The content is accessible only through the form in which it is manifested. Appearance is the correlation of form and content, because at any given moment, content and form are not identical. This is the analysis which Hegel makes of what is called law. The formulation of a law indicates on the one hand that we haven’t got to the content, but on the other hand, we can describe the way the content is manifested. That’s why the dialectic of form and content is described as the ‘world of appearances’.
The third and last division of Essence is Actuality. Actuality is the dialectic of Cause and Effect, and its subdivisions are Substance, Causality and Reciprocity. In this stage, the emergent shape of consciousness is still yet to find an adequate Notion of itself, but is becoming more and more concrete, implicating every aspect of social life. In this section of the Logic, Hegel uses the opportunity to make a critique of a range of misconceptions to do with Freedom and Necessity, Blind Necessity, Free Will, the maxim that “Anything is possible,” Causality and so on.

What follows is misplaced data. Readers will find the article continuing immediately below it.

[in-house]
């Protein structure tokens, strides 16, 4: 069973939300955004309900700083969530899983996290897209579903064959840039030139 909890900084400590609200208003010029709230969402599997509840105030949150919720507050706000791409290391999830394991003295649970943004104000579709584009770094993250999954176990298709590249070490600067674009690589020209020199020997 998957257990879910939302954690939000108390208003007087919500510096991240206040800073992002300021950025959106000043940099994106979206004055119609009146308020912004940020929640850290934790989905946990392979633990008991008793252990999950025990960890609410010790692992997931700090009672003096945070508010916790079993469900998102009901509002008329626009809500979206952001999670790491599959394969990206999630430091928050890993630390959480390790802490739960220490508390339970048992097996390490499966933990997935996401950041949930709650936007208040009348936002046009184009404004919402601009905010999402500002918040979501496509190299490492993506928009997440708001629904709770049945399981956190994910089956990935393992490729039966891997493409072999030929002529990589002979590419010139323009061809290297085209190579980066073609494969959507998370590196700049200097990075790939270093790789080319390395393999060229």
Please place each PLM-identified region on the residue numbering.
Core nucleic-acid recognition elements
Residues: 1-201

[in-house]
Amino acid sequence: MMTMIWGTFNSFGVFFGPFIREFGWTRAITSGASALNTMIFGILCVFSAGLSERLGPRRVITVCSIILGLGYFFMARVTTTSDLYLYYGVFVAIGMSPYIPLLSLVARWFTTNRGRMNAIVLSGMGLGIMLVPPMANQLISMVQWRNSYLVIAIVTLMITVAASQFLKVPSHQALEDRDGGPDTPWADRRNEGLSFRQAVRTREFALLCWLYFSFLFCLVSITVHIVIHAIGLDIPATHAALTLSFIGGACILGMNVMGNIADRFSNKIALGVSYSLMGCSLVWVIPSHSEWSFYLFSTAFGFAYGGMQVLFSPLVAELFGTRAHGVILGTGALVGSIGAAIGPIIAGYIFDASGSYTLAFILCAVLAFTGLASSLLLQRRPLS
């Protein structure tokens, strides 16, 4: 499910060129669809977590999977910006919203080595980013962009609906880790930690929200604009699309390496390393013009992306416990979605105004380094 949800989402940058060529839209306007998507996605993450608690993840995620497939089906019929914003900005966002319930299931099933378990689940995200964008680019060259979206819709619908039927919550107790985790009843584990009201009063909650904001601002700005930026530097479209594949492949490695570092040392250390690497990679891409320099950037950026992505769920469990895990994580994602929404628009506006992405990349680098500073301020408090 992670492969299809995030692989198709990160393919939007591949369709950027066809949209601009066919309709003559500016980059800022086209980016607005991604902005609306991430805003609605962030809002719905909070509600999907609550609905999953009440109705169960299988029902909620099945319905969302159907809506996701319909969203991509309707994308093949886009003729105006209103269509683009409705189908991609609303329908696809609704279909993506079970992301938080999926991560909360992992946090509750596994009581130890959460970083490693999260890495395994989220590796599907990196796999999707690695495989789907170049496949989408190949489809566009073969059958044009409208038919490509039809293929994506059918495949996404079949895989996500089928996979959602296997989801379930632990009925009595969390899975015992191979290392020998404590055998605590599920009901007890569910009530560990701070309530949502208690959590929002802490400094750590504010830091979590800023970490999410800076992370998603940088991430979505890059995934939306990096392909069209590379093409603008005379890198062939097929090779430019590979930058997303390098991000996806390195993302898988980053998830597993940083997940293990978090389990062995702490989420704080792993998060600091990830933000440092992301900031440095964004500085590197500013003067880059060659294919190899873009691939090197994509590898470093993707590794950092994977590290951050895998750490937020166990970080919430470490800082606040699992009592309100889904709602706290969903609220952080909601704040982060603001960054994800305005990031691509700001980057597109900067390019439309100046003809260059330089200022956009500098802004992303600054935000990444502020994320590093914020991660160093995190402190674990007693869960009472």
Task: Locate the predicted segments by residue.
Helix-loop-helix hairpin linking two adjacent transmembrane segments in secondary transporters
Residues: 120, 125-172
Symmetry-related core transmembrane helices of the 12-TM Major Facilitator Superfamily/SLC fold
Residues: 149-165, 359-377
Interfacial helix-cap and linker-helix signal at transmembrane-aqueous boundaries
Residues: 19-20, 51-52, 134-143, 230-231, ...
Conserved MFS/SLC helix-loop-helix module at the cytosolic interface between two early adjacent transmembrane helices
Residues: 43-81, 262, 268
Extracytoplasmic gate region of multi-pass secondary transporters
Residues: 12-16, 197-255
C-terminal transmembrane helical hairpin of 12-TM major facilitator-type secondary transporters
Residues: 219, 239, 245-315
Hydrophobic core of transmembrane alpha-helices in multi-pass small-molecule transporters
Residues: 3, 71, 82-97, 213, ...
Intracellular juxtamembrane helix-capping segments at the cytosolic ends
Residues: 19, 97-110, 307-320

In Actuality, Essence and Existence have become identical and this identity is immediate; every aspect of Being has been incorporated in Reflection, and is part of the picture, so to speak. All the myriad of things and events around us, everything which is existent, is intelligible. So Hegel argues against the counterposing of the Ideal and the Actual. He conceives of Actuality, not as senseless and unintelligible, and the opposite of the ideal, but on the contrary, everything that is actual, must in that measure be rational, that is to say, intelligible. This conception of the world of indefinitely complex seeming contingencies, as nevertheless intelligible, is summed up in the maxim “All that is real is rational; all that is rational is real.” The converse of this maxim is the dictum: “All that exists deserves to perish,” (Goethe, Faust) for not everything that exists is rational, and those elements of reality which have no basis in Reason, he says, sooner or later pass will away. He calls this conception: infinitely intelligible reality – Substance, and he associates Substance with Spinoza.